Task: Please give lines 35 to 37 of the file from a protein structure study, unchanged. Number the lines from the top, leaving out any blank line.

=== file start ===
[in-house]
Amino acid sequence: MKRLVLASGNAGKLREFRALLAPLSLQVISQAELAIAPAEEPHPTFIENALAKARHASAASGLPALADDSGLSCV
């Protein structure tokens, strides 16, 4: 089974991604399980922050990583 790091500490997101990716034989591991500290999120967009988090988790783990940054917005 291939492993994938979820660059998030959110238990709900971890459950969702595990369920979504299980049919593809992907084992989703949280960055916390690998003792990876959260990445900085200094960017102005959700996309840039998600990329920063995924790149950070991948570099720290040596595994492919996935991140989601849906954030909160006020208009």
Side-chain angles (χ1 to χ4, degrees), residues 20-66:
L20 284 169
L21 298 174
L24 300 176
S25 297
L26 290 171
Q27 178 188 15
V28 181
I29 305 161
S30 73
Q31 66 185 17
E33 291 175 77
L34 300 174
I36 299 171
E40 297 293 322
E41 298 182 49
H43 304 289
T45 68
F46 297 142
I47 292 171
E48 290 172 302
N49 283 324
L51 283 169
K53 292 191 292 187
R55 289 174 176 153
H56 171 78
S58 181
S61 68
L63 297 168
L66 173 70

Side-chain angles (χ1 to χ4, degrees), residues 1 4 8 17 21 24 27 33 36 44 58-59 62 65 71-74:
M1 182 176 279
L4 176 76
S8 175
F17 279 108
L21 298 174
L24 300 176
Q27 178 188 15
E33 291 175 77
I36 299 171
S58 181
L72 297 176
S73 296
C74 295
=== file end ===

M1 182 176 279
L4 176 76
S8 175